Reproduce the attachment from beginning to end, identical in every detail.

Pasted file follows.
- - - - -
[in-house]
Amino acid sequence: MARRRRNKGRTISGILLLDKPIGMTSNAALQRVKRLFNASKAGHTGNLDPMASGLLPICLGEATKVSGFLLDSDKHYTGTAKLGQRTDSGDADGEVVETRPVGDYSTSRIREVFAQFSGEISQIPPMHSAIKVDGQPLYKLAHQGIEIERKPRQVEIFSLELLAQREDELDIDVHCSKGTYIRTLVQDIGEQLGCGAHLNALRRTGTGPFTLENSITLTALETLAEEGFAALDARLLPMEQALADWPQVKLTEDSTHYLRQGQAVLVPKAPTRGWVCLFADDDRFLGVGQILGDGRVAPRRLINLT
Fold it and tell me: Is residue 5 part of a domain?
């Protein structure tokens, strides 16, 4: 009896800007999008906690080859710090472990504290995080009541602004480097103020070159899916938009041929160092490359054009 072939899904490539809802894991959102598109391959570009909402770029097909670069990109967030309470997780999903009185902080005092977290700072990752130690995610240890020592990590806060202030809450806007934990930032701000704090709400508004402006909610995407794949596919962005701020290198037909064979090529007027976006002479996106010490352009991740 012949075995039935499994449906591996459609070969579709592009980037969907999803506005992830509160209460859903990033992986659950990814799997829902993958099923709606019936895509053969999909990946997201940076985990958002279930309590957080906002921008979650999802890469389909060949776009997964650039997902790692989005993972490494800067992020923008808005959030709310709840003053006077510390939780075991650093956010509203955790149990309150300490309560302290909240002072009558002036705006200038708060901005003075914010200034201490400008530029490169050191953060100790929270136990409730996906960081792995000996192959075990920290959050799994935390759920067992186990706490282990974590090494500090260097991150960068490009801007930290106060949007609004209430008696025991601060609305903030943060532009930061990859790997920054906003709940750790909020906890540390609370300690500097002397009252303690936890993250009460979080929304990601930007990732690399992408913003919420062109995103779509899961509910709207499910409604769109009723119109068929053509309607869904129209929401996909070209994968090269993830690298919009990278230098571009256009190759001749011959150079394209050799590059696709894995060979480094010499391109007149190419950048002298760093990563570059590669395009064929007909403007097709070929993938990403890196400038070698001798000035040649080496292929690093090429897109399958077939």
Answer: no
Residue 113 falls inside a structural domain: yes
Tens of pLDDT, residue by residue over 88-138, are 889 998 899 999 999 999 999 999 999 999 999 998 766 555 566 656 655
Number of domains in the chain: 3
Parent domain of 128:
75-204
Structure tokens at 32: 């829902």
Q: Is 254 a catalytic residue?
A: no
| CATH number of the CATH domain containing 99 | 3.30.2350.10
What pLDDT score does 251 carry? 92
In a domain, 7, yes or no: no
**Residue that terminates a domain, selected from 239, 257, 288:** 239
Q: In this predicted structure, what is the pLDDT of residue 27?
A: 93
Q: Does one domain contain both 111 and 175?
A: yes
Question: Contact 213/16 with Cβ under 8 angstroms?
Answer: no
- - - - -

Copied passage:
[in-house]
Amino acid sequence: MARRRRNKGRTISGILLLDKPIGMTSNAALQRVKRLFNASKAGHTGNLDPMASGLLPICLGEATKVSGFLLDSDKHYTGTAKLGQRTDSGDADGEVVETRPVGDYSTSRIREVFAQFSGEISQIPPMHSAIKVDGQPLYKLAHQGIEIERKPRQVEIFSLELLAQREDELDIDVHCSKGTYIRTLVQDIGEQLGCGAHLNALRRTGTGPFTLENSITLTALETLAEEGFAALDARLLPMEQALADWPQVKLTEDSTHYLRQGQAVLVPKAPTRGWVCLFADDDRFLGVGQILGDGRVAPRRLINLT
Fold it and tell me: Is residue 5 part of a domain?
């Protein structure tokens, strides 16, 4: 009896800007999008906690080859710090472990504290995080009541602004480097103020070159899916938009041929160092490359054009 072939899904490539809802894991959102598109391959570009909402770029097909670069990109967030309470997780999903009185902080005092977290700072990752130690995610240890020592990590806060202030809450806007934990930032701000704090709400508004402006909610995407794949596919962005701020290198037909064979090529007027976006002479996106010490352009991740 012949075995039935499994449906591996459609070969579709592009980037969907999803506005992830509160209460859903990033992986659950990814799997829902993958099923709606019936895509053969999909990946997201940076985990958002279930309590957080906002921008979650999802890469389909060949776009997964650039997902790692989005993972490494800067992020923008808005959030709310709840003053006077510390939780075991650093956010509203955790149990309150300490309560302290909240002072009558002036705006200038708060901005003075914010200034201490400008530029490169050191953060100790929270136990409730996906960081792995000996192959075990920290959050799994935390759920067992186990706490282990974590090494500090260097991150960068490009801007930290106060949007609004209430008696025991601060609305903030943060532009930061990859790997920054906003709940750790909020906890540390609370300690500097002397009252303690936890993250009460979080929304990601930007990732690399992408913003919420062109995103779509899961509910709207499910409604769109009723119109068929053509309607869904129209929401996909070209994968090269993830690298919009990278230098571009256009190759001749011959150079394209050799590059696709894995060979480094010499391109007149190419950048002298760093990563570059590669395009064929007909403007097709070929993938990403890196400038070698001798000035040649080496292929690093090429897109399958077939």
Answer: no
Residue 113 falls inside a structural domain: yes
Tens of pLDDT, residue by residue over 88-138, are 889 998 899 999 999 999 999 999 999 999 999 998 766 555 566 656 655
Number of domains in the chain: 3
Parent domain of 128:
75-204
Structure tokens at 32: 């829902």
Q: Is 254 a catalytic residue?
A: no
| CATH number of the CATH domain containing 99 | 3.30.2350.10
What pLDDT score does 251 carry? 92
In a domain, 7, yes or no: no
**Residue that terminates a domain, selected from 239, 257, 288:** 239
Q: In this predicted structure, what is the pLDDT of residue 27?
A: 93
Q: Does one domain contain both 111 and 175?
A: yes
Question: Contact 213/16 with Cβ under 8 angstroms?
Answer: no